Donald Sanders

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Donald Gilbert Sanders
Donald G. Sanders ca 1959.jpg
Donald G. Sanders, photographed ca. 1959
Deputy Minority Counsel for Senate Select Committee on Presidential Campaign Activities (Watergate) Committee
In office
March, 1973 – September, 1974
Personal details
Born (1930-04-26)April 26, 1930
St. Louis, Missouri
Died September 26, 1999(1999-09-26) (aged 69)
Columbia, Missouri
Religion Methodist

Donald Gilbert Sanders (April 26, 1930 – September 26, 1999), was a key figure in the Watergate investigation. As Deputy Minority Counsel of the Senate Committee, he discovered Nixon's White House tapes leading to the resignation of the President. He served as an Officer (armed forces) in the United States Marine Corps, Special Agent in the Federal Bureau of Investigation, Deputy Assistant Secretary of Defense, and Director of Investigations for the United States Senate Select Committee on Intelligence.

Early life and education[edit]

Sanders was born in St. Louis, Missouri, to Anna Marie Schmitz (1908-2008) and Howard Sanders (1906-1988). He was educated at Washington University and the University of Missouri, graduating in 1954 with a law degree.[1] In 1952, he married Dolores Henderson (1932-2008) of Columbia, Missouri and they had three children; Deborah, Michael, and Matthew. Sanders was a Captain in the United States Marine Corps serving from 1954 until 1956.

FBI career[edit]

In November, 1959, Sanders completed his FBI training and was assigned to Birmingham, Alabama. He was on the team in 1961 that solved the burning of the Freedom Riders' bus by the Ku Klux Klan. [2] Sanders also arrested Victor Feguer, the last federal prisoner executed (1963) in the 20th century by the federal government.[3] In 1961 he was assigned to Miami, FL and then went to Washington D.C. in 1964 as Assistant Inspector. Sanders resigned from the FBI in 1969.

Capitol Hill[edit]

Journal Entry from July 13, 1973 P.M. Interview with Alex Butterfield. Disclosure of W.H. tapes

In February 1969, Sanders became the Chief Counsel and Chief of Staff of the House Committee on Internal Security, formerly the House Un-American Activities Committee. The HCIS investigated and held hearings for a number of organizations and individuals who were considered dangerous to national security.[4]

Sanders was admitted to practice law before the United States Supreme Court.

He left the HCIS in March 1973 and joined the United States Senate Select Committee on Presidential Campaign Activities (Watergate Committee) as the Deputy Minority Counsel. One of Sanders' responsibilities was to gather evidence by interviewing officials and aides to find out more information about the Watergate break-in. The most famous of these interviews occurred on Friday, July 13, 1973. Federal Aviation Administration head, Alexander Butterfield, was being privately questioned by Senate committee staff members, when Sanders asked if it were possible that a recording system had been used in the White House. Mr. Butterfield (a former White House aide) answered, "I wish you hadn't asked that question, but, yes, there is." [5] Sanders went to relay the news to Fred Thompson, who was the Minority Counsel. Sanders first had to call him out of a local restaurant. "Because he was with some reporters, I got him away from them, and got him out on the street corner and told him the story," Sanders said.[6]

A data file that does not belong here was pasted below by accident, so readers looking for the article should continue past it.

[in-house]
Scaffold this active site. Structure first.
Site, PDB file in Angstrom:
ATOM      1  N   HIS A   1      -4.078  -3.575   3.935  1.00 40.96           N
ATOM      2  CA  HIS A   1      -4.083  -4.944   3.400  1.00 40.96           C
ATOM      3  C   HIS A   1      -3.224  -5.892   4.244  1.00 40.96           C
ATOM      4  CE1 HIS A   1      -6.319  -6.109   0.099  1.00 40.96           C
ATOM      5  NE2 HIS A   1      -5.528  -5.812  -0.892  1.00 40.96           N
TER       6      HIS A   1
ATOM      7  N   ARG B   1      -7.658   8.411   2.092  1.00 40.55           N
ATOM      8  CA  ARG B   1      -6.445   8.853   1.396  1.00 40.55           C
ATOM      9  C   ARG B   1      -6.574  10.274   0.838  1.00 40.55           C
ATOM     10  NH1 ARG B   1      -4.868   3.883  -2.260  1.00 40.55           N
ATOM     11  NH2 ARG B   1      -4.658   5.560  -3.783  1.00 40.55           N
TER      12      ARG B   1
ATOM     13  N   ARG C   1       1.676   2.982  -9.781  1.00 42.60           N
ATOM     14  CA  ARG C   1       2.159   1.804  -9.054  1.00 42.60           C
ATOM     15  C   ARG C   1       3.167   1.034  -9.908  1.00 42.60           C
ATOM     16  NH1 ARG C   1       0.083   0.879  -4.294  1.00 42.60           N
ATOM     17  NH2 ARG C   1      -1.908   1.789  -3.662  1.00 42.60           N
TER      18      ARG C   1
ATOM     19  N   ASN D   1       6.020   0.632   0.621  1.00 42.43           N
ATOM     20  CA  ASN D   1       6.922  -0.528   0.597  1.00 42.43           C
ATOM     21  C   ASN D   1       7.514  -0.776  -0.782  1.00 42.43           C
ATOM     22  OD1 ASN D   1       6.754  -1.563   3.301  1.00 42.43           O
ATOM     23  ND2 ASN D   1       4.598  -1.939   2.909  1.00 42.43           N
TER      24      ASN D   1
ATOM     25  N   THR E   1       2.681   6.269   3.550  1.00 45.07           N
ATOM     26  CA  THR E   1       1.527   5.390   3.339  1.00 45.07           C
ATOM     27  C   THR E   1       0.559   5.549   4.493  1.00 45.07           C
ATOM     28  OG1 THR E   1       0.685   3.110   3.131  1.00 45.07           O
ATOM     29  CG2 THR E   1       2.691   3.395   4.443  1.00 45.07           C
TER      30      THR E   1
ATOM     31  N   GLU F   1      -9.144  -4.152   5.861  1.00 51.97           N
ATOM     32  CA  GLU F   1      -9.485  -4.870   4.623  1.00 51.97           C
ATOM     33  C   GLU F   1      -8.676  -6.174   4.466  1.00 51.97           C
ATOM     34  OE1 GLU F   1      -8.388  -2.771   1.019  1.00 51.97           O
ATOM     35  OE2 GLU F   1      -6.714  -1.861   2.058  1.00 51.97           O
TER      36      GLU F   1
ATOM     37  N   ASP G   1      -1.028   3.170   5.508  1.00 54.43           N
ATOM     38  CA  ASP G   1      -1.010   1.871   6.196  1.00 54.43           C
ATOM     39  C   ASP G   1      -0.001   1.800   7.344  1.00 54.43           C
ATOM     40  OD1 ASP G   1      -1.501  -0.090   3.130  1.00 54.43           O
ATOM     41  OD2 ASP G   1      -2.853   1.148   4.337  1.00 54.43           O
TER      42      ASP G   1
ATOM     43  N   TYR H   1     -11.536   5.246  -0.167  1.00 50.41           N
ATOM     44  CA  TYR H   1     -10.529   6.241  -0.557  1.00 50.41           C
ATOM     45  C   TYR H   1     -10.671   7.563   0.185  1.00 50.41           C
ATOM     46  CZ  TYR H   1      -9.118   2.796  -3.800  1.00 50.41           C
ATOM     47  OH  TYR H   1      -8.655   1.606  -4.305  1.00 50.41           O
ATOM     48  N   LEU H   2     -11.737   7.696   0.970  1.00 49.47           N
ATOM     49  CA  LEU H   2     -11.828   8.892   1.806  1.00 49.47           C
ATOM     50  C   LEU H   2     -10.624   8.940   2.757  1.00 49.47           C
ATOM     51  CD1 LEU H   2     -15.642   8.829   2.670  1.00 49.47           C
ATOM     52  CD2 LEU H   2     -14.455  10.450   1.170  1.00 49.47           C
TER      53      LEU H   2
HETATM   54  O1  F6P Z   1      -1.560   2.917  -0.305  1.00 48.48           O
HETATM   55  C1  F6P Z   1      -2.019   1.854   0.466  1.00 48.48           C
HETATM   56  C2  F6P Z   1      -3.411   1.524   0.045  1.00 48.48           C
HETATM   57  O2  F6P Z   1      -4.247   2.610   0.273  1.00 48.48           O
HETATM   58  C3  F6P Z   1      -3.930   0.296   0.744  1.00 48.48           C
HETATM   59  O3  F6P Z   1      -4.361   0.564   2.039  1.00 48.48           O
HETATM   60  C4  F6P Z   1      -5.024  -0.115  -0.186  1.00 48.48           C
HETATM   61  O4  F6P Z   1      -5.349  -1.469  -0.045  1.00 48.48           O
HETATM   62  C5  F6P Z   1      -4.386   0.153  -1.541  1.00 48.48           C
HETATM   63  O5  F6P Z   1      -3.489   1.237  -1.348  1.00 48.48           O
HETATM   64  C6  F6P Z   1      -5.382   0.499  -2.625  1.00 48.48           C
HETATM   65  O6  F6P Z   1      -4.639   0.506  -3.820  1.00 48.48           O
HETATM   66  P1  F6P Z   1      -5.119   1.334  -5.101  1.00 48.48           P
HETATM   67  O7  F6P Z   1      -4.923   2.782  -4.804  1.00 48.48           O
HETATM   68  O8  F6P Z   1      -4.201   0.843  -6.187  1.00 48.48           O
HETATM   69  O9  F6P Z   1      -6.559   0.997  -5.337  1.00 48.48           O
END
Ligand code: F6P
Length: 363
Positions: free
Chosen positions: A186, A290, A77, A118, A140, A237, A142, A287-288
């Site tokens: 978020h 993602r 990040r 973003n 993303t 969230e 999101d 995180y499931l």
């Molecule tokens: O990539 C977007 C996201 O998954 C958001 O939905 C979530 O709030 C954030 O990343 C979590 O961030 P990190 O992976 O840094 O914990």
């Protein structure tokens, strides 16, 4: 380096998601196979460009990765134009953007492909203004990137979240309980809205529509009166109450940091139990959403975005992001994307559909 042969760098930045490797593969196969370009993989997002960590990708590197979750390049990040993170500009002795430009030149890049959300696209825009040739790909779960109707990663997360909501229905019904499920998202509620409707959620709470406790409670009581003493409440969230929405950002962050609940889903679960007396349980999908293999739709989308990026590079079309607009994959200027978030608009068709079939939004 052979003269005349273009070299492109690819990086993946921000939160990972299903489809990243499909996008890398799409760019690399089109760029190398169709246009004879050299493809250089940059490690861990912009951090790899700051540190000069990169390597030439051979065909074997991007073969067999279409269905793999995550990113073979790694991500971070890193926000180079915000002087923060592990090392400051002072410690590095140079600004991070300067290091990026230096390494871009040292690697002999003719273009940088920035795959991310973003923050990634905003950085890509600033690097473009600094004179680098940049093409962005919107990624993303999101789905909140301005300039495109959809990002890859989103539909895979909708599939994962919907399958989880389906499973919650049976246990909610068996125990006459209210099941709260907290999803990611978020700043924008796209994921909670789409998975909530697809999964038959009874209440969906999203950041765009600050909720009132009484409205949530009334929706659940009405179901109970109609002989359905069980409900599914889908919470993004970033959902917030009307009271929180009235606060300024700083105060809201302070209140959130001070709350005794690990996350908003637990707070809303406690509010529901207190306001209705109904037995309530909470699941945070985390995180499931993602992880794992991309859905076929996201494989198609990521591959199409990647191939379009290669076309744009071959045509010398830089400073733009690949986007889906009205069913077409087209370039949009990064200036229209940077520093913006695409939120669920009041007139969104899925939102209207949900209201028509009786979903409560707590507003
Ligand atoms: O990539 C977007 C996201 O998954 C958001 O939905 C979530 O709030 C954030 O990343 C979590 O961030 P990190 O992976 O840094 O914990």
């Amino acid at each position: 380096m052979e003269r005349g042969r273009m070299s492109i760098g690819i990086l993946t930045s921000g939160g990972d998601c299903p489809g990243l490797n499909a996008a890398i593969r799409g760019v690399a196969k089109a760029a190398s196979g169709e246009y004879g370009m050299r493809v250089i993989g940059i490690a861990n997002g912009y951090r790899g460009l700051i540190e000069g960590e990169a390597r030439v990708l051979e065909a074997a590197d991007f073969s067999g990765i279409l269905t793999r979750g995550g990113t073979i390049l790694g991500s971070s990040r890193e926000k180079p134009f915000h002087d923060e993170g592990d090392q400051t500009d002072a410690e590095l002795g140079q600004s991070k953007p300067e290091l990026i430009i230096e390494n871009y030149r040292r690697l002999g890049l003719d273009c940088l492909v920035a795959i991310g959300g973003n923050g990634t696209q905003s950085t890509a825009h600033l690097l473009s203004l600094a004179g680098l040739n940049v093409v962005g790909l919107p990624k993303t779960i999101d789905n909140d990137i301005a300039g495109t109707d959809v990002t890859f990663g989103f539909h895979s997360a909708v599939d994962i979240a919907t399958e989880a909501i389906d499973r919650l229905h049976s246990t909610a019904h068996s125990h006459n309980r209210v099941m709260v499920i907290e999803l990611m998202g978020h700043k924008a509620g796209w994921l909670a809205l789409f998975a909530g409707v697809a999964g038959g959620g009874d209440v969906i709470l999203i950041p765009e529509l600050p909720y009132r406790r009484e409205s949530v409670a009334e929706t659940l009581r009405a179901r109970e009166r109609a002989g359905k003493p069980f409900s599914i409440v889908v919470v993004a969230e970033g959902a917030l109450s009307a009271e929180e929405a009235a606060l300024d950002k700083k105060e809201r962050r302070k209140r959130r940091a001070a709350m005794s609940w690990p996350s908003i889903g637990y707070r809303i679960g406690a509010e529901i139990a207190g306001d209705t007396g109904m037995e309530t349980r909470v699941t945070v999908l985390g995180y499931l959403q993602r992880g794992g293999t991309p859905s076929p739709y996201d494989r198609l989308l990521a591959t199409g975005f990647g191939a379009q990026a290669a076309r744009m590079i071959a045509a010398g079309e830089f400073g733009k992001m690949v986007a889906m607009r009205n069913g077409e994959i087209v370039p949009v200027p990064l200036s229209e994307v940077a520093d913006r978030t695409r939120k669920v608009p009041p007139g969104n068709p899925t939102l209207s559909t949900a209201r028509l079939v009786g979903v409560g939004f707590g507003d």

On Monday, July 16, 1973, during the televised hearings, Thompson publicly asked, "Mr. Butterfield, are you aware of the installation of any listening devices in the Oval Office of the president?" The revelation of cover up on the taping system in the Oval Office led the House Judiciary Committee to submit three articles of impeachment for obstruction of justice, abuse of power, and contempt of congress. When the final article was approved July 30, 1974, Richard Nixon resigned on August 9, 1974.

Later years[edit]

Afterwards, Sanders worked as a Senior Program Analyst for the Atomic Energy Commission and Deputy Assistant Secretary of Defense for Legislative Affairs (Ford administration). In the latter position, he received the Distinguished Civilian Service Award, the department's highest recognition. He returned to the Hill as Director of Investigations for the Senate Select Committee on Intelligence and then worked for the Senate Select Committee on Ethics.

Sanders retired from national service in 1982 and returned to practice law in Columbia, Missouri. He was elected as Boone County Commissioner in 1988, and served until 1990. He completed an MA in History from the University of Missouri in 1991. Sanders was President of the Boone County Historical Society. He and his family donated land to Boone County where Nathan Boone blazed the Booneslick Trail across central Missouri. Sanders also served as Chairman of the Administrative Board of Midway Locust Grove United Methodist Church. On September 26, 1999, Sanders died of cancer at the age of 69.[7]

See also[edit]

References[edit]

  1. ^ "Select Chronology for Donald G. Sanders". University of Missouri Archives. December 13, 2006. 
  2. ^ Former Special Agents (1998). Society of Former Special Agents of the FBI. Turner Publishing Company. p. 219. ISBN 1-56311-473-9. 
  3. ^ "Federal Executions 1927-2003". General Services Administration. Death Penalty Information Center. October 12, 1993 (with updates by DPIC).  Check date values in: |date= (help)
  4. ^ "UMC; Student Life and Activities; Prominent Alumni; Donald Sanders Papers". University of Missouri Archives. 1979. 
  5. ^ Honan, William H. (September 29, 1999). "Donald G. Sanders Dies at 69; Brought Nixon Taping to Light". The New York Times. 
  6. ^ Overby, Peter (November 5, 2007). "Thompson's Watergate Role Not as Advertised". National Public Radio. 
  7. ^ "Milestones". TIME Magazine. October 11, 1999.  |first1= missing |last1= in Authors list (help)

External links[edit]